My own state of Illinois has banned the use of reverse auctions in the telecom and construction industries because of the good-old-boy supplier system of graft and corruption. Incidentally, if you want to read a hilarious spoof piece from The Onion on how my home state is dealing with its budget deficits, click here. (WARNING: DO NOT READ THIS IN THE OFFICE OR IF YOU ARE EASILY OFFENDED). On a more serious note, at least some governments are leveraging tools to cut procurement fraud. Consider how in India, government has turned to online procurement tools to reduce fraud in the tendering process. However, as you'll read below, there's been pushback from parties who previously benefited at the expense of taxpayers.
According to the above-linked story, "The electronic system for tendering and handling projects ... of the Bruhat Bangalore Mahanagara Palike (BBMP) has not gone down too well with our city councilors." Yet this is "Not surprising, considering the fact that they are no longer 'in touch' with the contractors and stand to lose the 'cuts' from projects tendered by the BBMP." According to the article, all projects above a certain price point, roughly $22,500, must go through the system to ensure "transparency and accountability" and to specifically avoid "interference from councilors or officials during the bidding process."
As anyone who has spent much time in India knows, corruption is even more rampant in government contracting than it is in my home state (and that's a difficult distinction to obtain, mind you). It's also rampant in the private sector, as I once observed first hand when someone I knew was running a country office for a company in India mysteriously built his own home at the time of an office build-out, using the same contractor and even some of the same materials (I wonder who paid for that...). Given this, the fact that regions in India are introducing a rigorous, online-enabled competitive bidding toolset into the sourcing process is just what the spend doctor ordered -- despite the fact that certain parties are bound to have organ rejection from the process as their kick-backs dry up.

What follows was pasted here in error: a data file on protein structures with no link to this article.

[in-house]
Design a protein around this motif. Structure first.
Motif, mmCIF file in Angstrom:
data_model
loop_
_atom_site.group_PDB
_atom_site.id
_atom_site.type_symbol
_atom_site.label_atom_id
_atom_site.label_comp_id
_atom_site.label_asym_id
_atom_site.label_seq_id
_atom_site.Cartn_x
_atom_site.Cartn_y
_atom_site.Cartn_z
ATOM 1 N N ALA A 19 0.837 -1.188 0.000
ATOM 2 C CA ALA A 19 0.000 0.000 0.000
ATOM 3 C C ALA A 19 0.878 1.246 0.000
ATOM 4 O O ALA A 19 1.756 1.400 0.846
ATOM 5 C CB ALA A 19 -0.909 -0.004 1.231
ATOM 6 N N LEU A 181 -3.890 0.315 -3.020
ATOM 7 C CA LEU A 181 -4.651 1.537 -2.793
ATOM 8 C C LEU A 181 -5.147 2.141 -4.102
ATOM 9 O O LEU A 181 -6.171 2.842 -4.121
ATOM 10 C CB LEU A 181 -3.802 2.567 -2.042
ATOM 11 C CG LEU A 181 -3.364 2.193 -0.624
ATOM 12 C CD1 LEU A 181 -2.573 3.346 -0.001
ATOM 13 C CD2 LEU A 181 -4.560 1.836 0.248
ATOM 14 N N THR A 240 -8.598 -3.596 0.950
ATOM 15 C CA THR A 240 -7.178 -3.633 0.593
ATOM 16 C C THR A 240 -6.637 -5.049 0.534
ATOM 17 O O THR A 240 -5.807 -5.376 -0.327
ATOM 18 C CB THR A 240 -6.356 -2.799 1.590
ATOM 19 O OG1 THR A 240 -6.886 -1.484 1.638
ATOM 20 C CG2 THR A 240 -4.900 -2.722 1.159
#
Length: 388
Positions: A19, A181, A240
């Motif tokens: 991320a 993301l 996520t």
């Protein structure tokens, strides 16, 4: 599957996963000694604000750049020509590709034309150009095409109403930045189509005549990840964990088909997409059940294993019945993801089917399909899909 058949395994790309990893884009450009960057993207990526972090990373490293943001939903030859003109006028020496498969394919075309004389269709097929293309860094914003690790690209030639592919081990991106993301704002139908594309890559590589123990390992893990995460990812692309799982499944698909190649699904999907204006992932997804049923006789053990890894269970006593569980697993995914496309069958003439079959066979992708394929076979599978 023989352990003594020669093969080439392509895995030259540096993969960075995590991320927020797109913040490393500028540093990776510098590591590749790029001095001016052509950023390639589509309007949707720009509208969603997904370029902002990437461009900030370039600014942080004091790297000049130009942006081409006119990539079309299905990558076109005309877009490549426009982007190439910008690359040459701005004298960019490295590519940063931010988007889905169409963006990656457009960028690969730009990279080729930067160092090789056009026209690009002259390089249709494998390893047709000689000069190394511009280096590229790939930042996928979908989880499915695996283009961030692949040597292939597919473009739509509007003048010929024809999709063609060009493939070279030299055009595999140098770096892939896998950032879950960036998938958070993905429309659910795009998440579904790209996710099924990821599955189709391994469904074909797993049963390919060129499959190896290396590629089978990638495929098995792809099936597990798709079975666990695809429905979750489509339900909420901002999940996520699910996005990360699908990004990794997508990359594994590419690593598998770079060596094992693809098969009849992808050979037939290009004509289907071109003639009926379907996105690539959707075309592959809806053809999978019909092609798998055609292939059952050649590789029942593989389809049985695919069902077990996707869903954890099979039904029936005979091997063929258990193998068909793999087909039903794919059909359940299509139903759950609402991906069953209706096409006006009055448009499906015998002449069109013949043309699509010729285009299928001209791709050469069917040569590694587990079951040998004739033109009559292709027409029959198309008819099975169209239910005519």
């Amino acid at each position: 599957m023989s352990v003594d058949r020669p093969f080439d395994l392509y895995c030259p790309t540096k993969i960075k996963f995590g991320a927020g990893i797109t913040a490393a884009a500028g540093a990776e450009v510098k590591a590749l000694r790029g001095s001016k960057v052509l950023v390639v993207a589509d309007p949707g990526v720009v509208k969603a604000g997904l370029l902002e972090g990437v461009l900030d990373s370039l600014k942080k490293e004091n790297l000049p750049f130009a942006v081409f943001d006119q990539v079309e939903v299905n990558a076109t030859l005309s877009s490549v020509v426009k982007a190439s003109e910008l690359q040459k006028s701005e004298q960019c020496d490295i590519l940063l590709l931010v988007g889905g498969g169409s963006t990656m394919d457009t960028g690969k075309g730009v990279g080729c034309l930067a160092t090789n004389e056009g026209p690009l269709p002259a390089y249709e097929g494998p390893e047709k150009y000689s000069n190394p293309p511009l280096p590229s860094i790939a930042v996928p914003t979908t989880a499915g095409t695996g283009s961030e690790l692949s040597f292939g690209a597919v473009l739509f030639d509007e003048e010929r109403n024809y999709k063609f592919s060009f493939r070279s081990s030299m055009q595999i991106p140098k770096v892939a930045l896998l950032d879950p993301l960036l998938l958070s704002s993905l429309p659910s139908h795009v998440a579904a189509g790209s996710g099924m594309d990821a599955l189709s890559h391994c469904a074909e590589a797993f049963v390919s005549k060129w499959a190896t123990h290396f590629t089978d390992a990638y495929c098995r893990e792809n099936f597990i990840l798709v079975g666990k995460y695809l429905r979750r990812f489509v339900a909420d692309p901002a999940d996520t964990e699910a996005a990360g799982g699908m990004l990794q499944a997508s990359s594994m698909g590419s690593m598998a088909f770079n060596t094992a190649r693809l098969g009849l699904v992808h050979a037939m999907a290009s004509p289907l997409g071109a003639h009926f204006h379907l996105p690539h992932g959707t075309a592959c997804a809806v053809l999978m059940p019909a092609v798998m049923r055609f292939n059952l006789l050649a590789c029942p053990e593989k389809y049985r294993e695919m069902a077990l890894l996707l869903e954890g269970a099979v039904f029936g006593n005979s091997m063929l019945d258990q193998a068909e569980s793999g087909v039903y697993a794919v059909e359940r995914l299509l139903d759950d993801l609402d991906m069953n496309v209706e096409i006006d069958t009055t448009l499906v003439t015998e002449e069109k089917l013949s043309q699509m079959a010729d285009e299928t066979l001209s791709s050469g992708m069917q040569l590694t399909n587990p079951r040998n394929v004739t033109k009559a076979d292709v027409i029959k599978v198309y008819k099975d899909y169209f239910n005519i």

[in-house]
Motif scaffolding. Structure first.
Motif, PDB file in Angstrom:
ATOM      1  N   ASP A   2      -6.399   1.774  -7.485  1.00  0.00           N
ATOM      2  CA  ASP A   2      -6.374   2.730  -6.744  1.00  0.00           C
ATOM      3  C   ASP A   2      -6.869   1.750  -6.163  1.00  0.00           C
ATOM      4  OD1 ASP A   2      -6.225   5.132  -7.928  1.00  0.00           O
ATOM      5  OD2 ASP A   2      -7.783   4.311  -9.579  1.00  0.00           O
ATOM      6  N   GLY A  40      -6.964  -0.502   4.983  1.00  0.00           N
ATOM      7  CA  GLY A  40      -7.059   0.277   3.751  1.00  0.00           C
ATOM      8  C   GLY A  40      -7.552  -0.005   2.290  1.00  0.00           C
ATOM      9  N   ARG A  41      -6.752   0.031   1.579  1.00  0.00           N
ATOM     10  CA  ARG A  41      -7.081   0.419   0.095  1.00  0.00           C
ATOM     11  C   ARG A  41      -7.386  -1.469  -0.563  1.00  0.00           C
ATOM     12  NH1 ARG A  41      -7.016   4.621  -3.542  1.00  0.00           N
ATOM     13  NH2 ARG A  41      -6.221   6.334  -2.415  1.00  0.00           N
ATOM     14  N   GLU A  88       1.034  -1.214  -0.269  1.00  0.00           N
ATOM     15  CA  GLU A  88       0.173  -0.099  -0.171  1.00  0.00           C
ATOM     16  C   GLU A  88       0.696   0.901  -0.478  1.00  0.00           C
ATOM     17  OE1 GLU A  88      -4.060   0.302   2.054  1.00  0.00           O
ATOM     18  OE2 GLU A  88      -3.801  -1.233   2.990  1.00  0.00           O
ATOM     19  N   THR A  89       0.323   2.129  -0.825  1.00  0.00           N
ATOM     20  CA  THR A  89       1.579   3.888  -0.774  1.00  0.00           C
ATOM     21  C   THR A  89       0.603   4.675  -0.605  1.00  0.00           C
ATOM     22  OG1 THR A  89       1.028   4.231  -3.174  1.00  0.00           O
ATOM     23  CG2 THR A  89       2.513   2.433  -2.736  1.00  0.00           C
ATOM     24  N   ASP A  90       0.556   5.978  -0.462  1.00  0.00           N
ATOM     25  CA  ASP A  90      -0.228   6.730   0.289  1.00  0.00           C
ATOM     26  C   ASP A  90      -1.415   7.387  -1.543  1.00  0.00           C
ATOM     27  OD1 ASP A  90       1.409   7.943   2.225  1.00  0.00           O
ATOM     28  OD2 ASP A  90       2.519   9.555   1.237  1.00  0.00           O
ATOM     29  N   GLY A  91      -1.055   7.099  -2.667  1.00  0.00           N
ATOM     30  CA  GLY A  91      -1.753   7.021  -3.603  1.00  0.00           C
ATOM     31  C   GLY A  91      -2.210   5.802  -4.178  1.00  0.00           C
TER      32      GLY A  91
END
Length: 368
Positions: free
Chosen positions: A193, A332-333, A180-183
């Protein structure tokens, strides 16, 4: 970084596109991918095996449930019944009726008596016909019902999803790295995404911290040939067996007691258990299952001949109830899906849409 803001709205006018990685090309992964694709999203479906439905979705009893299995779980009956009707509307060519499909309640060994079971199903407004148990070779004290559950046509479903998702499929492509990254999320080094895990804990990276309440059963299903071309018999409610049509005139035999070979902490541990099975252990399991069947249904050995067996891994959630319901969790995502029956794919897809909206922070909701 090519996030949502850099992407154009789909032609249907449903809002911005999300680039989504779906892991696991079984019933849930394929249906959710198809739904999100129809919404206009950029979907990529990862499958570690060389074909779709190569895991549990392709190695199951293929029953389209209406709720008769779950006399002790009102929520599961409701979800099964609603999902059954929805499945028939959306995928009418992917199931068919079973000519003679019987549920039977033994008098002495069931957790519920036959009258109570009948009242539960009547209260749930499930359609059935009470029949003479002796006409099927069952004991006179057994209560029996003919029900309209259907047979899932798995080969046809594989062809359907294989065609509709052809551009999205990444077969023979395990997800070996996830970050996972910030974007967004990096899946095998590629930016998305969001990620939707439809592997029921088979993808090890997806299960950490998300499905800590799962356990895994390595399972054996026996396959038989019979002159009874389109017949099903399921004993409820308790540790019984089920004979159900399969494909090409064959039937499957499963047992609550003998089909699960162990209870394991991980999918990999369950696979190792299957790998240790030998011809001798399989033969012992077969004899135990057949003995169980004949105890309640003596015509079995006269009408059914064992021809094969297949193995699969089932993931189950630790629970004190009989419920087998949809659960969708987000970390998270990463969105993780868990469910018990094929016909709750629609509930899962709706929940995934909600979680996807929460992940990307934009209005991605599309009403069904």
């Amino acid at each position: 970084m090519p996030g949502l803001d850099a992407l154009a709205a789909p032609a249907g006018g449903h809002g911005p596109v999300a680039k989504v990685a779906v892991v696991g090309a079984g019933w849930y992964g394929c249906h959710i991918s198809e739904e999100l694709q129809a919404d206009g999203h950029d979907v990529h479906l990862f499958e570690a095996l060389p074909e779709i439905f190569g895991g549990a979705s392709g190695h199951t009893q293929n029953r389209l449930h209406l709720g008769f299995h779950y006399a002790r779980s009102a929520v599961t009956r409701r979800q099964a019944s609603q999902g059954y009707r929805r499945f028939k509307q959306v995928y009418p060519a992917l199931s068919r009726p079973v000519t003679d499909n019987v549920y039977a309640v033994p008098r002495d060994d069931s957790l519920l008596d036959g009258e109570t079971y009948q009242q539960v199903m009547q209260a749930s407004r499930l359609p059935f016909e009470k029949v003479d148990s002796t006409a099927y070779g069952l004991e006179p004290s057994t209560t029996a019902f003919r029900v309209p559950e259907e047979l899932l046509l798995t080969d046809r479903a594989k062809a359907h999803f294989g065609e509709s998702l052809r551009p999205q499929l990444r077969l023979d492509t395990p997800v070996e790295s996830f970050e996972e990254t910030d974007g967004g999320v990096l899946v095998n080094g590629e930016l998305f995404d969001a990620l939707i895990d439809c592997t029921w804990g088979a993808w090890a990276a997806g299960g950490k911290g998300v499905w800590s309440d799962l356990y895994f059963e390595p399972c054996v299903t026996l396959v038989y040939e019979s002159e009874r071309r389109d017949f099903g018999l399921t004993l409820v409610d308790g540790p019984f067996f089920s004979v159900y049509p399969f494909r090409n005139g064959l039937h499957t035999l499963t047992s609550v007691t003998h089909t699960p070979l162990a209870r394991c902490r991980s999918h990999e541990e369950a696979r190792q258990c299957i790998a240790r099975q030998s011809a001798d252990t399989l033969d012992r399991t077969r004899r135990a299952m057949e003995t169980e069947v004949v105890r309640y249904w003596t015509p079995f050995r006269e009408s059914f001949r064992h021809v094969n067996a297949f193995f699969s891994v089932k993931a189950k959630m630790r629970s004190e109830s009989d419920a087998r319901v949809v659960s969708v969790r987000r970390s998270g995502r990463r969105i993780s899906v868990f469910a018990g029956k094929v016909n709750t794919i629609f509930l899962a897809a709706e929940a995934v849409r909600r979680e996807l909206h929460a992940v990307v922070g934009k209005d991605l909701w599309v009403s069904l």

While not perfect, reverse auctions have a great place in all forms of government contracting where daylight is likely to prove sanitizing. If you're curious to read about how auctions will potentially drive much needed transparency in Illinois, you can check out our recent post on the subject. In this piece, I argue that my state "should be forced to run reverse auctions for every category of spend over a certain level (e.g., $50K) to shed light on possible former corrupt or collusive contracting practices. For example, if a new bidder is able to show material savings (e.g., 5-10% for commodities, 10-40% for SKUs/services with greater value add), it might very well provide fodder for officials not just to save tax payer money, but to research potential fraud/bias in former contract award decisions. And over time, even if reverse auctions do not become a favored bidding format, state procurement and contracting officials should still be required to use an online bidding process (e.g., sealed bid, multi-round sealed bid, etc.) that creates a documentable audit trail of activity amongst potential suppliers."